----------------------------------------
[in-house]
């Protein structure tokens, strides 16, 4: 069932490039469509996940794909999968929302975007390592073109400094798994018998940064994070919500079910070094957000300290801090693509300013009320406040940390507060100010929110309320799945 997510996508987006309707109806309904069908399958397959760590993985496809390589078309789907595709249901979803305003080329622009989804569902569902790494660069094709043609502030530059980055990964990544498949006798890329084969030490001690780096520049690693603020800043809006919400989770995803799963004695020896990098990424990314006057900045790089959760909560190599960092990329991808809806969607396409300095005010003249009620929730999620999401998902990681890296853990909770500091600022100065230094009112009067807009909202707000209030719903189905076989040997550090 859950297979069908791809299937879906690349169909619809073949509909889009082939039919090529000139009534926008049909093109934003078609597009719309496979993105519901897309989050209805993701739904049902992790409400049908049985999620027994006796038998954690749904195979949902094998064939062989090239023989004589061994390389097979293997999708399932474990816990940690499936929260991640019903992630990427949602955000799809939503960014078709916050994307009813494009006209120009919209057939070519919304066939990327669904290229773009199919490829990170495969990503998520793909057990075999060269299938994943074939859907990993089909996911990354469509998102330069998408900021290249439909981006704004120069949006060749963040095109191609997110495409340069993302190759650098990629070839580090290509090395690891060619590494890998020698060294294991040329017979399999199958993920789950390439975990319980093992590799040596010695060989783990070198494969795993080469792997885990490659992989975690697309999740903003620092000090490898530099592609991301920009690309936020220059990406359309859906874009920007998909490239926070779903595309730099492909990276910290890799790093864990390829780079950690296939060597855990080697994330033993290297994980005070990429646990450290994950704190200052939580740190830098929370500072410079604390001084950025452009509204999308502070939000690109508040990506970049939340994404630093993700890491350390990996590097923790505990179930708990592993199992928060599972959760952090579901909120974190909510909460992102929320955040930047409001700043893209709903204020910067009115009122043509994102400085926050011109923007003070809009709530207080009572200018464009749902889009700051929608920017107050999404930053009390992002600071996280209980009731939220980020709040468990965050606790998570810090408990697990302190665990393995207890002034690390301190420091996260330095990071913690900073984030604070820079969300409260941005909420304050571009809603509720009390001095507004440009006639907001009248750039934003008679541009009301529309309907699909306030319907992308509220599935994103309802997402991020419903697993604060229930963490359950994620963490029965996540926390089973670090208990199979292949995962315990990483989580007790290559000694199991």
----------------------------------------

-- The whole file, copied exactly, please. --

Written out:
[in-house]
């Protein structure tokens, strides 16, 4: 069932490039469509996940794909999968929302975007390592073109400094798994018998940064994070919500079910070094957000300290801090693509300013009320406040940390507060100010929110309320799945 997510996508987006309707109806309904069908399958397959760590993985496809390589078309789907595709249901979803305003080329622009989804569902569902790494660069094709043609502030530059980055990964990544498949006798890329084969030490001690780096520049690693603020800043809006919400989770995803799963004695020896990098990424990314006057900045790089959760909560190599960092990329991808809806969607396409300095005010003249009620929730999620999401998902990681890296853990909770500091600022100065230094009112009067807009909202707000209030719903189905076989040997550090 859950297979069908791809299937879906690349169909619809073949509909889009082939039919090529000139009534926008049909093109934003078609597009719309496979993105519901897309989050209805993701739904049902992790409400049908049985999620027994006796038998954690749904195979949902094998064939062989090239023989004589061994390389097979293997999708399932474990816990940690499936929260991640019903992630990427949602955000799809939503960014078709916050994307009813494009006209120009919209057939070519919304066939990327669904290229773009199919490829990170495969990503998520793909057990075999060269299938994943074939859907990993089909996911990354469509998102330069998408900021290249439909981006704004120069949006060749963040095109191609997110495409340069993302190759650098990629070839580090290509090395690891060619590494890998020698060294294991040329017979399999199958993920789950390439975990319980093992590799040596010695060989783990070198494969795993080469792997885990490659992989975690697309999740903003620092000090490898530099592609991301920009690309936020220059990406359309859906874009920007998909490239926070779903595309730099492909990276910290890799790093864990390829780079950690296939060597855990080697994330033993290297994980005070990429646990450290994950704190200052939580740190830098929370500072410079604390001084950025452009509204999308502070939000690109508040990506970049939340994404630093993700890491350390990996590097923790505990179930708990592993199992928060599972959760952090579901909120974190909510909460992102929320955040930047409001700043893209709903204020910067009115009122043509994102400085926050011109923007003070809009709530207080009572200018464009749902889009700051929608920017107050999404930053009390992002600071996280209980009731939220980020709040468990965050606790998570810090408990697990302190665990393995207890002034690390301190420091996260330095990071913690900073984030604070820079969300409260941005909420304050571009809603509720009390001095507004440009006639907001009248750039934003008679541009009301529309309907699909306030319907992308509220599935994103309802997402991020419903697993604060229930963490359950994620963490029965996540926390089973670090208990199979292949995962315990990483989580007790290559000694199991």